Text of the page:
Tech 2 May 2018Cecille de Jesus
University of Basel becomes first Swiss university to issue blockchain-based diplomas
Start-up Proxeus is connecting blockchain technology with traditional companies.
Last year, MIT issued 111 digital diplomas that were recorded on a blockchain in a pilot run conducted through an application called BlockCerts. This gives graduates easy access to their certificates as well as control over who gets to see them.
And it looks like blockchain-based diplomas may very well turn into a norm as more are following in on the trend.
Speeding up processes is also one of the biggest benefits of blockchain technology, and blockchain innovator Proxeus—with the help of its partners, is maximizing this value. The company partnered up with the University of Basel’s Center for Innovative Finance (CIF) in creating a prototype that would allow the institution to issue course certificates and register them on a blockchain. This drastically reduced the processing time for the documents, and has placed the University of Basel as the first in Switzerland to issue blockchain-based diplomas.
And because they are on the blockchain, certificates are easily verifiable and tamper-proof, therefore cracking down on the possibility of fraud. Dr. Fabian Schär, Managing Director at the CIF, says the project can help solve authenticity issues for academic credentials, a burden for both graduates and employers.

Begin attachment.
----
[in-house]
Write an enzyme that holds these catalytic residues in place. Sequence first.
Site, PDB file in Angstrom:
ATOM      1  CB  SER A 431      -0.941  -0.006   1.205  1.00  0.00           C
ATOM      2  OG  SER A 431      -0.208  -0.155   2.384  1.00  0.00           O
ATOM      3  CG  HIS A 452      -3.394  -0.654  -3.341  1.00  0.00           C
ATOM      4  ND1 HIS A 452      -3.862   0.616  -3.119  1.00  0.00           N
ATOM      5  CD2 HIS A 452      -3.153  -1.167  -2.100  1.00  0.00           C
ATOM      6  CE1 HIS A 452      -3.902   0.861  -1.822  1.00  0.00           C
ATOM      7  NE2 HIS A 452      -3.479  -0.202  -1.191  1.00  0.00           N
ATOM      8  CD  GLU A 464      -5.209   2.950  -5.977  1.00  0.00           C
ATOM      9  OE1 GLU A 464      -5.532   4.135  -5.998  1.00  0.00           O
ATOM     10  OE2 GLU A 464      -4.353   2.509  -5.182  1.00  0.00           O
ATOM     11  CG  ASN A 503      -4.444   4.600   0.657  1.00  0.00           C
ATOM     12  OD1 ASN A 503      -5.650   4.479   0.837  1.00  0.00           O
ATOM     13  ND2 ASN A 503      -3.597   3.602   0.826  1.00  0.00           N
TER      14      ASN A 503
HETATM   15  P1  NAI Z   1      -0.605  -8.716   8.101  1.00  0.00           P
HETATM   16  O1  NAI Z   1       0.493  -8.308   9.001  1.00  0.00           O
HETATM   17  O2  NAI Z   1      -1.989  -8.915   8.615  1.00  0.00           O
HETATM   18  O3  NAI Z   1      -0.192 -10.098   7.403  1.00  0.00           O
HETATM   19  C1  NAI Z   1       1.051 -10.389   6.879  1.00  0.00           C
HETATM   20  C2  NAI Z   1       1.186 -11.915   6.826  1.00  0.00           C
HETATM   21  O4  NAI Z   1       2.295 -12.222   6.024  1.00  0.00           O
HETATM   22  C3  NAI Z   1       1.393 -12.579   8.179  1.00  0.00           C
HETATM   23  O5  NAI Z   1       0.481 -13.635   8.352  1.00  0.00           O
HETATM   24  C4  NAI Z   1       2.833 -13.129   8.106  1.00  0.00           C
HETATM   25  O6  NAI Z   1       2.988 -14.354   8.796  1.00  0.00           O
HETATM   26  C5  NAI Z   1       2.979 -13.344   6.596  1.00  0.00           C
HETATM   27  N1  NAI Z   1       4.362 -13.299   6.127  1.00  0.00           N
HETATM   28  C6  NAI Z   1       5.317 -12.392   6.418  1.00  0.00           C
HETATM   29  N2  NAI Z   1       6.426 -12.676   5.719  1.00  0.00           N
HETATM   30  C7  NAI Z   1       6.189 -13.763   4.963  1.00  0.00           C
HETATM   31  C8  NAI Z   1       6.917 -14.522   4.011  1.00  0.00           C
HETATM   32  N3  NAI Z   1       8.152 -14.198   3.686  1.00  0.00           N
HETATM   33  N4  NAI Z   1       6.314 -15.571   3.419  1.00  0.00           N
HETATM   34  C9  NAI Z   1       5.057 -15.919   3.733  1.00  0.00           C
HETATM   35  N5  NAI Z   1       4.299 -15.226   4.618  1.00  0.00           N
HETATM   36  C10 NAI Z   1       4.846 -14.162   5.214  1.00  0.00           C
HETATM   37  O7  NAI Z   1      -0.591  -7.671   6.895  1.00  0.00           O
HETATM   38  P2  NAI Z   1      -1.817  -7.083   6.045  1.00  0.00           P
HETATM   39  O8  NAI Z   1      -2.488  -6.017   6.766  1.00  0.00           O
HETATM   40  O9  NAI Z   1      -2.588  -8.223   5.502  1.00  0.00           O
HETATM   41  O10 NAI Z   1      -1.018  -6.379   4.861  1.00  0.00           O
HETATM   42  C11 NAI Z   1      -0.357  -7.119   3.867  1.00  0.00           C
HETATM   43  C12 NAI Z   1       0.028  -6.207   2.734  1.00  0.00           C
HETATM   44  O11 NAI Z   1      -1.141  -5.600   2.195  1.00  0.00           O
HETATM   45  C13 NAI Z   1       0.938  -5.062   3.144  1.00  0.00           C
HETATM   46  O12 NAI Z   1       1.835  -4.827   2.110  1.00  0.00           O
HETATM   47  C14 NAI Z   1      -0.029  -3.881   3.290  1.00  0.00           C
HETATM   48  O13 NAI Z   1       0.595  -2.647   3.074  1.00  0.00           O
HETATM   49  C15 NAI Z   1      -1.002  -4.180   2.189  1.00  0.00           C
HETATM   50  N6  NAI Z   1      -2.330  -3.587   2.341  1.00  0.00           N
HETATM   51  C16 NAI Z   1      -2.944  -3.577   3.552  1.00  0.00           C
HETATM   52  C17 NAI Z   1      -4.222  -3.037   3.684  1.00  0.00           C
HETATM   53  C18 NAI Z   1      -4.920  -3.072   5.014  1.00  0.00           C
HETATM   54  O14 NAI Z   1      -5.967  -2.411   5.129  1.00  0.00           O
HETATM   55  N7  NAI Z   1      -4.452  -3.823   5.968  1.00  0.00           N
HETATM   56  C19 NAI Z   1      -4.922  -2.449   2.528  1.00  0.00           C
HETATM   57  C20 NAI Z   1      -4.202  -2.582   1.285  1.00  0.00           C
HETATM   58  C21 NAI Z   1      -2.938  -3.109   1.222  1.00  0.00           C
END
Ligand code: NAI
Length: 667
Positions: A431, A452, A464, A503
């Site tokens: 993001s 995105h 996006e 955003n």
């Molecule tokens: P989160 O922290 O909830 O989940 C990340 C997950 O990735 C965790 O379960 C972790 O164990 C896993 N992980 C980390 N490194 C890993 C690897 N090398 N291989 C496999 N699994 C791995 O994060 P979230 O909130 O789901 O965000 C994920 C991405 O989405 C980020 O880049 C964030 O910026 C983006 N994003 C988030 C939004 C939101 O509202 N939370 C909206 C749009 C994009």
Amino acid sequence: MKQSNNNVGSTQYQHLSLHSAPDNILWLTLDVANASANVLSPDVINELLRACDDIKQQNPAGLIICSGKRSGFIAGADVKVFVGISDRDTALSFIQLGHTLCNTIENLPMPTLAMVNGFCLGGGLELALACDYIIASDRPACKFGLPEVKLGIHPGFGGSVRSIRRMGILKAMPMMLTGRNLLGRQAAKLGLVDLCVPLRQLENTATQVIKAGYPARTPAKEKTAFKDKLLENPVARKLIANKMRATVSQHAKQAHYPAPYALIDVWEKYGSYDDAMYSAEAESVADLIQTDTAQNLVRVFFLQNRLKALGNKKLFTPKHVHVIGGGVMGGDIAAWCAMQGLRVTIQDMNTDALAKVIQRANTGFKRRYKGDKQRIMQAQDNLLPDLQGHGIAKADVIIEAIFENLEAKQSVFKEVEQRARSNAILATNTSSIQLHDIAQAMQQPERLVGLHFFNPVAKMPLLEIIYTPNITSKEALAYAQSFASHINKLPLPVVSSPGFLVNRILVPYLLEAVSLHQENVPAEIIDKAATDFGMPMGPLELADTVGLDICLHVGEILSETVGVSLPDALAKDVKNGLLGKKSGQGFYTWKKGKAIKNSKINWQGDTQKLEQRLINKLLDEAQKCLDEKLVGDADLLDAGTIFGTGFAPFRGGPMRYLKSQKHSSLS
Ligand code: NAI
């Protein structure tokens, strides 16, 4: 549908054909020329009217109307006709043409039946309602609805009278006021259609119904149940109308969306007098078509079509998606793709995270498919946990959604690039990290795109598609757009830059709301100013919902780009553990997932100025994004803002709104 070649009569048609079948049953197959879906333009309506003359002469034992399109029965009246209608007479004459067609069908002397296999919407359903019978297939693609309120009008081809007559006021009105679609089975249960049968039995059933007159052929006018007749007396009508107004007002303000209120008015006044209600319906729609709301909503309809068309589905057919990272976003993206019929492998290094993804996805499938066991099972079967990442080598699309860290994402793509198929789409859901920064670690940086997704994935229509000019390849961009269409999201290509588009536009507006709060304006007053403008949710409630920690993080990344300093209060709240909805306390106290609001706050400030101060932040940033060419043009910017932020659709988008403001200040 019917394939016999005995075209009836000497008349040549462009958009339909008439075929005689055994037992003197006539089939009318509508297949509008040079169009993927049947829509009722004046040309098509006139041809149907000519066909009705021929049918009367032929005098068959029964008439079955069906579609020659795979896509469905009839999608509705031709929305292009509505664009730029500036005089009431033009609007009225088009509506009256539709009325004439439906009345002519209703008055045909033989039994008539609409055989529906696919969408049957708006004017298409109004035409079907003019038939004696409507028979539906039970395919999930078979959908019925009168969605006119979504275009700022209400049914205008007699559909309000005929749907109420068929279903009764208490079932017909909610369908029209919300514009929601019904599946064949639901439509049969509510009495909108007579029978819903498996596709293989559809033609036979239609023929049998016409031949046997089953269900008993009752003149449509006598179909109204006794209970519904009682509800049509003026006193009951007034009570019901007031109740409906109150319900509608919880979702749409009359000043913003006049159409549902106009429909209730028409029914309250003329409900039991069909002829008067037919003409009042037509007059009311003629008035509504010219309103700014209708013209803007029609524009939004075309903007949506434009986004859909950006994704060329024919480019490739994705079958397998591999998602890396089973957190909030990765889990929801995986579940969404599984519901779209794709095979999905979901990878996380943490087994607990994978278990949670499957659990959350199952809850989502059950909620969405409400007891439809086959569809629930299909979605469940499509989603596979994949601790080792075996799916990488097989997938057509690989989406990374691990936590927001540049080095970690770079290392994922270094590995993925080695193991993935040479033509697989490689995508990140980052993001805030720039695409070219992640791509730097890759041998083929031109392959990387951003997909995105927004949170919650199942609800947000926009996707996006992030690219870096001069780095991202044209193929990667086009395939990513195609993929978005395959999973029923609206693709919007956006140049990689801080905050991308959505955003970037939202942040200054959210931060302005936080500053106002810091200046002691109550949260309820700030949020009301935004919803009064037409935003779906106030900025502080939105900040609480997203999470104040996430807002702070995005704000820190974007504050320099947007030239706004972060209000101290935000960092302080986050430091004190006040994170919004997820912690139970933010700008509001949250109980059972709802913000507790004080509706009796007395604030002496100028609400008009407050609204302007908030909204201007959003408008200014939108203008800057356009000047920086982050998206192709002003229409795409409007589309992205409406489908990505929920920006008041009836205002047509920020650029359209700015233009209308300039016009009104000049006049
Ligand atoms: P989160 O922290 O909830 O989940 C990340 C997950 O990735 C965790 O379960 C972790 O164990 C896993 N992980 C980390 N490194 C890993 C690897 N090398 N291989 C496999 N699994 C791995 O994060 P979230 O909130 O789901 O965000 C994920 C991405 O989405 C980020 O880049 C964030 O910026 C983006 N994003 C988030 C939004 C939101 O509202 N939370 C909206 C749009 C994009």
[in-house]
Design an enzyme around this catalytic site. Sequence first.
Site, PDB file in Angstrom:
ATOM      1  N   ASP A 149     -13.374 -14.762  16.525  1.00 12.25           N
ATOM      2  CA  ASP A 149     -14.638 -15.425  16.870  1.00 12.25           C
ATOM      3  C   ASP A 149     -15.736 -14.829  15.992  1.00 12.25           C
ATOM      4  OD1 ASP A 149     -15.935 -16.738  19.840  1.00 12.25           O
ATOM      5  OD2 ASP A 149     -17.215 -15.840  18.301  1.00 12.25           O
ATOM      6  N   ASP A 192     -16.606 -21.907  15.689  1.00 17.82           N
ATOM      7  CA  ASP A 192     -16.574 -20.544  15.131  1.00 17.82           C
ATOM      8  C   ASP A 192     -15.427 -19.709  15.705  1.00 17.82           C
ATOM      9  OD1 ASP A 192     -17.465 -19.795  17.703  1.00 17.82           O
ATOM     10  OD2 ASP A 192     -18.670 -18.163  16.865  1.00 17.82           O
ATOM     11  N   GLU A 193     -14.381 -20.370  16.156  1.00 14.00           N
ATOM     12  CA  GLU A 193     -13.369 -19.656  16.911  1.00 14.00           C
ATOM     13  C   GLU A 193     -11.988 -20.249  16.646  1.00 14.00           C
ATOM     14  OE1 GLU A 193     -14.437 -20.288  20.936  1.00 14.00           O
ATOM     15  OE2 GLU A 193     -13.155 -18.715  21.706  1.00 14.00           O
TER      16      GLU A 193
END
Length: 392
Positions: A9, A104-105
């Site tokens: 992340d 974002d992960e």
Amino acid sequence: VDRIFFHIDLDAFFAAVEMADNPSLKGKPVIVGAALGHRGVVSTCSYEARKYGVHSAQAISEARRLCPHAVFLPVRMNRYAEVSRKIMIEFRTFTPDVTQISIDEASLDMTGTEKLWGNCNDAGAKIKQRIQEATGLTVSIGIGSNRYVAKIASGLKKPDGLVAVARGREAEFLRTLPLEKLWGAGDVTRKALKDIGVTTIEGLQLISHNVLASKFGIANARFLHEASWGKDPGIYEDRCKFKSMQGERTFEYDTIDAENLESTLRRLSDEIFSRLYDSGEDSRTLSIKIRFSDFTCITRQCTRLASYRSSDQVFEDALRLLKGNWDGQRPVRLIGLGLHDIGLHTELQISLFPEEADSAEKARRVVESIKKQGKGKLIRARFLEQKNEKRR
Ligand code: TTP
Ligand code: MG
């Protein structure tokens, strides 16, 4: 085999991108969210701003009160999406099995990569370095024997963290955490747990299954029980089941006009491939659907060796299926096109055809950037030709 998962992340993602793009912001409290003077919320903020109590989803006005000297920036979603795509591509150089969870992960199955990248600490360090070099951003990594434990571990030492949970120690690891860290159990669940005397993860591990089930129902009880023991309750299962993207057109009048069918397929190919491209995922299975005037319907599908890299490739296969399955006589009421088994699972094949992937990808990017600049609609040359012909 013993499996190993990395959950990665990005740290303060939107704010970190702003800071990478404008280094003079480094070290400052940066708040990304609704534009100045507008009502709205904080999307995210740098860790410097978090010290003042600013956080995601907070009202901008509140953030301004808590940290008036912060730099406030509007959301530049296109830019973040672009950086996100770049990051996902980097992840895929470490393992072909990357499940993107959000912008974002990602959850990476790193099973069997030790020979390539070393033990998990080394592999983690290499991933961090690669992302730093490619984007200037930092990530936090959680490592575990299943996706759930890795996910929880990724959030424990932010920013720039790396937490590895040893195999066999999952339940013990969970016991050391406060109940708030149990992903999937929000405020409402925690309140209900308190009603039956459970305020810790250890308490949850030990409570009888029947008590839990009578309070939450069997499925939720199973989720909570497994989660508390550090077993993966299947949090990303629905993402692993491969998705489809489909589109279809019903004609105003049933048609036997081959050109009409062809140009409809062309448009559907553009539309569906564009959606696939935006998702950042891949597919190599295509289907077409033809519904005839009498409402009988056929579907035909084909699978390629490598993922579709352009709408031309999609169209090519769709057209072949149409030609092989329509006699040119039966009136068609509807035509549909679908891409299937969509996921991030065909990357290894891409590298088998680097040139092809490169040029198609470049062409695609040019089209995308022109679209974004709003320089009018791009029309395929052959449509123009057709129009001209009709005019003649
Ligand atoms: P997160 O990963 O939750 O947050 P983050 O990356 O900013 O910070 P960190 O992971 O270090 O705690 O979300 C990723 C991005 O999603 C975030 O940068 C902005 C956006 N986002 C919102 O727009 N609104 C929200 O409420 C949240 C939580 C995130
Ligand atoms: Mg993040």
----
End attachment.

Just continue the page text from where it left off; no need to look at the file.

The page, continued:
“Fraud is a problem in academia just as it is in any field,” Schär said. “By securing credentials on the Blockchain, we provide an extra layer of security for graduates and potential employers. These credentials can’t be faked, and can be easily verified online. It will introduce a new paradigm of security and offer value to all parties – employers don’t lose time checking credentials, graduates have an edge, and the institutions themselves reduce their reputational risk and a significant administrative burden.”
Proxeus has been actively working on similar solutions for different applications. Proxues, in partnership with IBM and other companies, are also working on speeding up legal registry of Swiss businesses—they were able to cut processing down from four to six weeks to less than three hours. In fact, they say that in their test run, they were able to pull it off in only one hour and 37 minutes. Unsurprisingly, they nabbed the 2018 Swiss Fintech Award as the Early Stage Start-up of the Year.
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